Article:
LinkedIn Messaging Sends Job Offers With Malware Targeting Critical Industries

Updates and Insights from Our Security Advisor Newsletter


Over 600 million people belong to LinkedIn, the popular social network where job seekers and business professionals connect. Launched in 2003, the website sees 303 million active monthly users, many of them job seekers. It was recently discovered that the company’s messaging service was hacked, and many hopeful recruits received fake job offers that included malware attachments. Spear-phishing emails were the method of attack, and malware-infused .PDF attachments lured recipients to open them for salary and job details. The hacking group focused its attention on critical industries overseas, including two US companies, Collins Aerospace and General Dynamics, suppliers of aerospace and military defense products.


Security experts believe the goal behind the hack is unleashing data-stealing malware for espionage purposes. It’s believed the hackers behind the attacks may be linked to Lazarus Group, a North Korean-linked cyberthreat group. Dubbed “Operation In(ter)ception,” ESET researchers say the attacks “were highly targeted and relied on social engineering over LinkedIn and custom, multistage malware.” In addition, ESET found “…the custom malware used in Operation In(ter)ception hasn’t been previously documented.”


Spear-phishing attacks are highly effective since they target victims directly by name and/or title, adding legitimacy to the emails and their content. They also rely on social engineering tactics, which are ways to trick a victim into divulging sensitive information or take an action they wouldn’t otherwise do. Socially engineered methods take advantage of human nature and emotional reactions, like being thrilled to get a job offer, inducing the recipient to open the email and take action. Since many cyberattacks look to steal as much data as possible from targets, there are ways for everyday users to limit their exposure to their own data theft.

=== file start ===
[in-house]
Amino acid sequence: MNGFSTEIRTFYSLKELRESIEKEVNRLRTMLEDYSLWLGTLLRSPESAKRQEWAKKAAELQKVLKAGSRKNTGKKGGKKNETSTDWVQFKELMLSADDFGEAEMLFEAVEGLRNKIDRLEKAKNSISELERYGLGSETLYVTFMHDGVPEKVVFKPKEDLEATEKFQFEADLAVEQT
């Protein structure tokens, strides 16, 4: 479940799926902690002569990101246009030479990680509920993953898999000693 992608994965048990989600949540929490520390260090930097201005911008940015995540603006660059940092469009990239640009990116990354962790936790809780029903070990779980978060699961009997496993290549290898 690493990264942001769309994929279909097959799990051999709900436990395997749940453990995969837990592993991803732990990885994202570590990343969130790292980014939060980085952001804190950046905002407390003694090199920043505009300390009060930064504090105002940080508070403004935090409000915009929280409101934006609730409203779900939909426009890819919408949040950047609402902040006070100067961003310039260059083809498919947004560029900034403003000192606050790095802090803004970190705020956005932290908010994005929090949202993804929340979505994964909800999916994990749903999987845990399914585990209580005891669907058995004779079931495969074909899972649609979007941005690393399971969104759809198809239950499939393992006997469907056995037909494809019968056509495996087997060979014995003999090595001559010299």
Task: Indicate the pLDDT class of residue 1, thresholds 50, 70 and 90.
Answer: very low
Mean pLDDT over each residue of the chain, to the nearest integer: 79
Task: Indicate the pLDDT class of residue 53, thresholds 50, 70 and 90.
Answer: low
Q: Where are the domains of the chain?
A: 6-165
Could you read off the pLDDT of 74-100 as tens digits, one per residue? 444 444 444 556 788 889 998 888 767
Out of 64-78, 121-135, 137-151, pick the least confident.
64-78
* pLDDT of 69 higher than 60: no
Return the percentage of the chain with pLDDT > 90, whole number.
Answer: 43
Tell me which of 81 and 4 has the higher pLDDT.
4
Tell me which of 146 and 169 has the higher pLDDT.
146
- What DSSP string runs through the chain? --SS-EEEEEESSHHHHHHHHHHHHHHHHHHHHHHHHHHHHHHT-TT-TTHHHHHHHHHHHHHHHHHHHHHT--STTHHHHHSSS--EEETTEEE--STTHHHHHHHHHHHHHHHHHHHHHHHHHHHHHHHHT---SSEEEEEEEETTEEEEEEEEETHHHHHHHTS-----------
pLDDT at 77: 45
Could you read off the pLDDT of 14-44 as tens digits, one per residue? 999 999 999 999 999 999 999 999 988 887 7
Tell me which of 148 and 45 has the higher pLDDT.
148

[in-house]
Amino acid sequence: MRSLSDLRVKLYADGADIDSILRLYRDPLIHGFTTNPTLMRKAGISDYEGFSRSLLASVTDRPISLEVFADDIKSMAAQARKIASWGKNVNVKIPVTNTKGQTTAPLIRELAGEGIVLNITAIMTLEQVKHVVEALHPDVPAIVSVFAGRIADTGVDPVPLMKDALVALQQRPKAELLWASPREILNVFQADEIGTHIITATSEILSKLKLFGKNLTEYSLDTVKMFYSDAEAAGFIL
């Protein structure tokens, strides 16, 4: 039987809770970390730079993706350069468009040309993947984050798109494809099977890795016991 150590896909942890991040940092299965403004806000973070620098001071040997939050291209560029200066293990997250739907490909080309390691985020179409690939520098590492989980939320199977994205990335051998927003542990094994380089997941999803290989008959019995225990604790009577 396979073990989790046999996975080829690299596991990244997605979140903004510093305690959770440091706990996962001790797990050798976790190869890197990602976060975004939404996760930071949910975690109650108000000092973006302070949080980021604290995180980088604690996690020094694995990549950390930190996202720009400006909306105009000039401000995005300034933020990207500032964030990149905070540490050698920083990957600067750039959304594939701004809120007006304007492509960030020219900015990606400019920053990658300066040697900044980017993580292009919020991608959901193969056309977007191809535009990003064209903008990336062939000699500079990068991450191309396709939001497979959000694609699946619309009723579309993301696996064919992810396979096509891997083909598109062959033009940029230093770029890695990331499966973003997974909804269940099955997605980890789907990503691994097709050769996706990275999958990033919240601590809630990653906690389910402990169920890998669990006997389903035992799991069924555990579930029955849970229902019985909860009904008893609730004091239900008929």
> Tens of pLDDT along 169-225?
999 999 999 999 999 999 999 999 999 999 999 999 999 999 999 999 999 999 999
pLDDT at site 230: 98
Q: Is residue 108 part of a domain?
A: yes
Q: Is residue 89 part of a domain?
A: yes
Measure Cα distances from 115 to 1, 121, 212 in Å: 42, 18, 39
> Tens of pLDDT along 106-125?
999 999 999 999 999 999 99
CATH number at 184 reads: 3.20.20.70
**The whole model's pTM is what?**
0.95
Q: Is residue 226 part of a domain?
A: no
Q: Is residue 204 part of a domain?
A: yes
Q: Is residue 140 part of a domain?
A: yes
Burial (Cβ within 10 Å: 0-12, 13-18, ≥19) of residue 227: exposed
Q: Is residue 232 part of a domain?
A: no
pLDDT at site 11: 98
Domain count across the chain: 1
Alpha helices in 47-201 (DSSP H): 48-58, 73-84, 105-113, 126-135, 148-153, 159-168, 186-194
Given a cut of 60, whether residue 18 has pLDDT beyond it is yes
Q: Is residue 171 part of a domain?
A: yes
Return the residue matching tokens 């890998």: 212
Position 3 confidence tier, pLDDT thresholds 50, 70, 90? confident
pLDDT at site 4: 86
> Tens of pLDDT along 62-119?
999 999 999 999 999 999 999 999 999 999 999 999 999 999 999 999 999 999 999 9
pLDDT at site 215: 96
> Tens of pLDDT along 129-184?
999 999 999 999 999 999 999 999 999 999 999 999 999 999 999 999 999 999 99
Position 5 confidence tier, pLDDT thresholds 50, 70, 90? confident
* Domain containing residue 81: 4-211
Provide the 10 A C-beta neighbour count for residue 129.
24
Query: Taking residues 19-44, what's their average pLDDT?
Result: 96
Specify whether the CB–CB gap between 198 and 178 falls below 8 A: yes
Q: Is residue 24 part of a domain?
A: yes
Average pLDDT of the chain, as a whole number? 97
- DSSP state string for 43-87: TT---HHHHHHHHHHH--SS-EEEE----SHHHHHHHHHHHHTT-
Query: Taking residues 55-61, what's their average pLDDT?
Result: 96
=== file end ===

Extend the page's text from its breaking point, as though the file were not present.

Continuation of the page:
Keep personal information posted online, including social media sites like LinkedIn and Facebook, to a minimum. Hackers troll these websites for PII (personally identifiable information) that can be used for socially engineered attacks.


Email phishing awareness should always be the first step to evaluating the validity of an email. Remember, the source isn’t always whom they say they are. Just because an email claims to be from your bank, it isn’t necessarily so. Some experts suggest considering all email sources as suspect since “better safe than sorry.”


Beware of links and attachments in an email. The links may go to fake websites designed to steal data, and attachments can be malware-filled. Whenever possible, call the sender to validate that links and attachments are legitimate before acting on them.

Keep all software, including apps, immediately patched and up to date with the latest versions available.


Also if you haven’t done so already, use anti-virus software solutions on all devices.


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